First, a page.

Incompatibilities
Reacts with calcium (metal hydroxides), nitroethane, nitromethane, 1-nitropropane, zirconium
Waste Disposal
Copper-containing soluble wastes can be concentrated through the use of ion exchange, reverse osmosis, or evaporators to the point where copper can be electrolytically removed and sent to a reclaiming firm. If recovery is not feasible, the copper can be precipitated through the use of caustics and the sludge deposited in a chemical waste landfill Copper-containing wastes can be concentrated through the use of ion exchange, reverse osmosis, or evaporators to the point where copper can be electrolytically removed and sent to a reclaiming firm. Details of copper recovery from a variety of industrial wastes have been published. If recovery is not feasible, the copper can be precipitated by the use of caustics and the sludge deposited in a chemical waste landfill. Recommendable methods: Precipitation, solidification, landfill, discharge to sewer, & incineration. Peer-review: Precipitate copper with alkali, filter, solidify precipitate. (Do not use ammonia as alkali). Cation exchange will allow recovery of copper. Eluate from cation exchanger can be passed through anion exchanger to remove (or reduce) naphthenic acid content. Exhausted ion exchange resins can be landfilled. (Peer-review conclusions of an IRPTC expert consultation)

Questions And Answer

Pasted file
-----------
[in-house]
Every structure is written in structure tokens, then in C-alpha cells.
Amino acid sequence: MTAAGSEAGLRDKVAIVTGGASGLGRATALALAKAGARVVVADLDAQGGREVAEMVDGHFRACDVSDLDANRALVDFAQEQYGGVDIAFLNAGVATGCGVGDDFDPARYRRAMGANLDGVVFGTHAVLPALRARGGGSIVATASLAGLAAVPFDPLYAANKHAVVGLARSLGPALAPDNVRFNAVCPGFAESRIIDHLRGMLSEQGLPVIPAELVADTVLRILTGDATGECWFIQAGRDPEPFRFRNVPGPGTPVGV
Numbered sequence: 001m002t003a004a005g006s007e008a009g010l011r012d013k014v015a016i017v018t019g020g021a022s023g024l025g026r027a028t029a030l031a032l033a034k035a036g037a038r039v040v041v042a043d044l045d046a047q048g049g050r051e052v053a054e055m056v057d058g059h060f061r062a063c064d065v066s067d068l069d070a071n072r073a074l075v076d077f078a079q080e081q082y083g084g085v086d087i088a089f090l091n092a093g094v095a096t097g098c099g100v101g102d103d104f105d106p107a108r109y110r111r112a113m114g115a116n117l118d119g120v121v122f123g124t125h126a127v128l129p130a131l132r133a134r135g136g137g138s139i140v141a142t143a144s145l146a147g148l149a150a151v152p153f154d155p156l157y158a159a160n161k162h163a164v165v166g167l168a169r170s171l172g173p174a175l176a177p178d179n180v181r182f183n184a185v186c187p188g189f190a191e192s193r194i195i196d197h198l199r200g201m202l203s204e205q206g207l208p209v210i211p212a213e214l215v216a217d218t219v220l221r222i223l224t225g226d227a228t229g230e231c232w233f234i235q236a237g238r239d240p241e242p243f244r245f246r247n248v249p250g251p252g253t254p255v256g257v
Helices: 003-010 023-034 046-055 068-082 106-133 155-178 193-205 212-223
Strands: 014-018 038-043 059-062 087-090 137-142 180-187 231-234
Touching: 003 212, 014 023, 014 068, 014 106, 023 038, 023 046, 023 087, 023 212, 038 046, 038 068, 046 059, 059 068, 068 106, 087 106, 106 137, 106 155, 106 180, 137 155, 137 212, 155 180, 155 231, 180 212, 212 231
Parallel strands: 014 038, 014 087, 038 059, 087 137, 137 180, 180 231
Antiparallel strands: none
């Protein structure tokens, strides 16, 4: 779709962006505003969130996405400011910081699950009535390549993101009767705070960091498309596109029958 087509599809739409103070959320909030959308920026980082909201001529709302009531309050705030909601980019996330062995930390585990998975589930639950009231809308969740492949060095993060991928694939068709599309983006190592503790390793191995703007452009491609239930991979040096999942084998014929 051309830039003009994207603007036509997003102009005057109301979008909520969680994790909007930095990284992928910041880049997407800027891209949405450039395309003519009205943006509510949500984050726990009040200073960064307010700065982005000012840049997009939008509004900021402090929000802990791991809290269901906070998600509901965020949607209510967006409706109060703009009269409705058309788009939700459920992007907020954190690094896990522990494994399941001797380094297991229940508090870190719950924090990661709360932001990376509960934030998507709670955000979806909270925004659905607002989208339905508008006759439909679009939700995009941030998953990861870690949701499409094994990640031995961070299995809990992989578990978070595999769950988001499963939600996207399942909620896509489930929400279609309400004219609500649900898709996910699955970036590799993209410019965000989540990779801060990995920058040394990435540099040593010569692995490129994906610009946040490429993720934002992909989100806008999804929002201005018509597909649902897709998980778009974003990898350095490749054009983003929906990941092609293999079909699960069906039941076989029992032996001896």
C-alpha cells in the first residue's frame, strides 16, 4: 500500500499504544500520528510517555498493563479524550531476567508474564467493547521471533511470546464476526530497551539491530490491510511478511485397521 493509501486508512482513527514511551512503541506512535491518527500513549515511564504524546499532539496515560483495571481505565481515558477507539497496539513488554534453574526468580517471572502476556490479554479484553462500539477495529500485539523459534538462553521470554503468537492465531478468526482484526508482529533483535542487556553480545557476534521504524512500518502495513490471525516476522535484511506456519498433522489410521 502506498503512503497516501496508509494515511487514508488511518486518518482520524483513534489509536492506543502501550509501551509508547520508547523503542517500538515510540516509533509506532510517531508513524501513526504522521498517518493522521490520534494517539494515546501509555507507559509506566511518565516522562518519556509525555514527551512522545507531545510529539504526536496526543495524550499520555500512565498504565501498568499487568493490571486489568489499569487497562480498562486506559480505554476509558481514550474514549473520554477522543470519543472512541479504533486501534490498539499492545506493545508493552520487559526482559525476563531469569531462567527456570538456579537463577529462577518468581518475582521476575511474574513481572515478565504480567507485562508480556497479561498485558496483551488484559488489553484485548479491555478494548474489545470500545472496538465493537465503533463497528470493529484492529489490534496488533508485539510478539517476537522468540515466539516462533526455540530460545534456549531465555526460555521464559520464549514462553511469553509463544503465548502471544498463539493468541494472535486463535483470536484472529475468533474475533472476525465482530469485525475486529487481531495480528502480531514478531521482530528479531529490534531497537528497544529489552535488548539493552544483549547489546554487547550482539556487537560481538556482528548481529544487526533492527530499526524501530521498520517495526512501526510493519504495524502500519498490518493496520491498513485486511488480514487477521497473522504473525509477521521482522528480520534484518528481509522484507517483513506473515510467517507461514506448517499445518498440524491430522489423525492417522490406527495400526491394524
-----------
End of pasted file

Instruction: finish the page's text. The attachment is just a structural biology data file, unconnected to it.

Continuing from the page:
Description
Cupric hydroxide appears as a blue powder and it is not stable. Cupric hydroxide is used as a mordant and pigment, in the manufacture of many copper salts, and for staining paper. It is used as a fungicide/bactericide on fruits, vegetables, and ornamentals. It can be used as catalyst, feed additive, and a cuprammonium rayon process reagent to make the first semi-synthetic fiber product, Rayon.
Copper(II) hydroxide
Furthermore, cupric hydroxide is used in the wood preservative products in aqueous systems.
Chemical Properties
Copper(II) hydroxide, Cu(OH)2, is thermodynamically unstable with respect to decomposition to the oxide. Copper(II) hydroxide prepared by the addition of sodium hydroxide to a salt of copper decomposes at temperatures above 100°C, and in the presence of excess alkali, it decomposes at temperatures above 50°C. It is virtually insoluble in water and decomposes in hot water to the more stable copper(II) oxide and water. Copper(II) hydroxide dissolves quickly in mineral acids and ammonia solution. It is mildly amphoteric, and in concentrated alkali, it forms [Cu(OH)3]- or [Cu(OH)4]2- ions. Copper(II) hydroxides can be produced in a kinetically stabilized form depending on the method of precipitation and choice of additives.